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F. Scott Fitzgerald versus Andrew Sean Greer

December 24, 2008 | 12:15 pm

Bb_maxtivoli

Shaft from Baby Got Books joins our discussion of "The Curious Case of Benjamin Button."

I can't help but make comparisons to Andrew Sean Greer's "The Confessions of Max Tivoli," a book that I absolutely adored. So even though Fitzgerald beat Greer to the punch on this concept by almost a century, I read Greer's book first, and it set the bar pretty high. However, unless instructed otherwise, I'm going to try to participate in this dialogue without any reference to Greer's book.

I think the first thing that struck me about this story (if something can strike you first on a second read) is what a gift for the English language Fitzgerald had; put aside his ideas or the structure of his stories -- the way he constructed his sentences was flawless. If I had his same gift, I would describe his gift better.

As for the story, unlike Amy's perspective (i.e., looking through the lens of a soon-to-be-first-time-mother), I've got two children but still couldn't compare my experiences with those of Roger Button, mostly because his took place in a completely different era. When I think back to the birth of my children, I think of the incredibly futuristic tools and resources in place at the hospital, so it's hard for me to relate to a nurse dropping a washbasin down the steps of the hospital, etc.  And this underlying theme of not being able to relate personally to the details of the story takes on a bigger role as the story progresses; in the present age of mass media, it is incomprehensible that a woman could give birth to a grown man but not have the story instantly available to everyone in the world. This has nothing to do with the merits of the story; it's only a reaction to Amy's initial take on it. Like her, though, I found the whole dynamic of a grown man being treated like a baby (at least by his father) to be hilarious.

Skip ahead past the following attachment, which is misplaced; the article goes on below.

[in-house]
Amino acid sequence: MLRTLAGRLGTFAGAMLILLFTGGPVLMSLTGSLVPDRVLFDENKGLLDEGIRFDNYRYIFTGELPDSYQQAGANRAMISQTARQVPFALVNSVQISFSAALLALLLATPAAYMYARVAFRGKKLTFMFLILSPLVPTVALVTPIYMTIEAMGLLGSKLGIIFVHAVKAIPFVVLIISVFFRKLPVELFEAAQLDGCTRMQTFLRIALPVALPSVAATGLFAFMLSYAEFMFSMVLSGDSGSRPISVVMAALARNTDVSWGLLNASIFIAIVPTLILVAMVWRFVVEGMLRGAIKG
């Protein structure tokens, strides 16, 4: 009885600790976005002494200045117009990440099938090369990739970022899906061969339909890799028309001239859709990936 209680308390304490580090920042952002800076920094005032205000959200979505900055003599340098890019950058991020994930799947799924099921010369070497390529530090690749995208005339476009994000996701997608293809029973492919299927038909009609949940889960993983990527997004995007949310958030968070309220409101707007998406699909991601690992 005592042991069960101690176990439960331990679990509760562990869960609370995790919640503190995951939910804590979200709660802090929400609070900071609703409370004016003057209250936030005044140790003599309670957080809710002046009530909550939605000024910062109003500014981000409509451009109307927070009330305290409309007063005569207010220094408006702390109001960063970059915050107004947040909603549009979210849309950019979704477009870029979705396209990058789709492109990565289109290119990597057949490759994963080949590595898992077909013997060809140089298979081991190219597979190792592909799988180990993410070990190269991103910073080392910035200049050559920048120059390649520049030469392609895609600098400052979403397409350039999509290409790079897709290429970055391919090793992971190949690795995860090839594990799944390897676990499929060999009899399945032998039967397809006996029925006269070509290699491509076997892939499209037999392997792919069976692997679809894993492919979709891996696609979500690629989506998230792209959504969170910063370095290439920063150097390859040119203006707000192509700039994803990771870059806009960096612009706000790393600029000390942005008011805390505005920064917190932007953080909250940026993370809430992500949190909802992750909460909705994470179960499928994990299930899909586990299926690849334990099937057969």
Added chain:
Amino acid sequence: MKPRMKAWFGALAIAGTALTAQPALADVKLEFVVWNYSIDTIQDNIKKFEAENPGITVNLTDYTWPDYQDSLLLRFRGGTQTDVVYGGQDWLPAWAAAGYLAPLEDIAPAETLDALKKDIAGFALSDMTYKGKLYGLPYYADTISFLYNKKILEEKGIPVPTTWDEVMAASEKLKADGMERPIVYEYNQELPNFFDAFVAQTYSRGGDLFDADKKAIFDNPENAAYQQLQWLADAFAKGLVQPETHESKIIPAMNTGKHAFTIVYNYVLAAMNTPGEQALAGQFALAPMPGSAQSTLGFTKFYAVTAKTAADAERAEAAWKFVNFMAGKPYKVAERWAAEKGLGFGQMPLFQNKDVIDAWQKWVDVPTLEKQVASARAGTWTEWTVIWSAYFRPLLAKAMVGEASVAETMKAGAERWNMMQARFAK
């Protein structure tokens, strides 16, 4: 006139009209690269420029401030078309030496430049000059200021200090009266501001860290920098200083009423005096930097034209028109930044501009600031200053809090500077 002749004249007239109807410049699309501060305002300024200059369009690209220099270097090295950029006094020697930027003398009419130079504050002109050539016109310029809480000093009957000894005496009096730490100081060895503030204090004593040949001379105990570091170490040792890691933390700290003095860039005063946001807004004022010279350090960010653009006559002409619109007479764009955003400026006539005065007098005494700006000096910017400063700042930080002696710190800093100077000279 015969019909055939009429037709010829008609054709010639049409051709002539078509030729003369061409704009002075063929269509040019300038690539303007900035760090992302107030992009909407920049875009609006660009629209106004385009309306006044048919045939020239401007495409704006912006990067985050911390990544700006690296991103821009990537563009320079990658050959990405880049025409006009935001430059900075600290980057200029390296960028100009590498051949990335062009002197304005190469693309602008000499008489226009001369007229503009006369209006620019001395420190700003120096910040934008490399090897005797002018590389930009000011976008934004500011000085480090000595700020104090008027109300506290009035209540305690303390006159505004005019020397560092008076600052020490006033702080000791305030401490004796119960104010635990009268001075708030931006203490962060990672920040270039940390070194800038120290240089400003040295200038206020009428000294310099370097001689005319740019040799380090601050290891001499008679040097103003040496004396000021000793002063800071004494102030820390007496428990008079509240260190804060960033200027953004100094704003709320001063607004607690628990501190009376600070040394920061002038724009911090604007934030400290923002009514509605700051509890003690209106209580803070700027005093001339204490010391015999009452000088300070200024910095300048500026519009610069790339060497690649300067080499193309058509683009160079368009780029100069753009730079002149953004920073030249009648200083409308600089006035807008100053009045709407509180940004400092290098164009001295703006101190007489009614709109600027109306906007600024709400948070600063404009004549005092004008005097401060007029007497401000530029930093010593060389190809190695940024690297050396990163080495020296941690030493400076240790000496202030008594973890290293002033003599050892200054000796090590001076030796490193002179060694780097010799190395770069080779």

Quick side note: I'm sure I'm not the only one who came across the sentence at the end of Part IV that said, "It was the biggest mistake that Yale College had ever made.... " and immediately thought of George W. Bush.

-- Shaft

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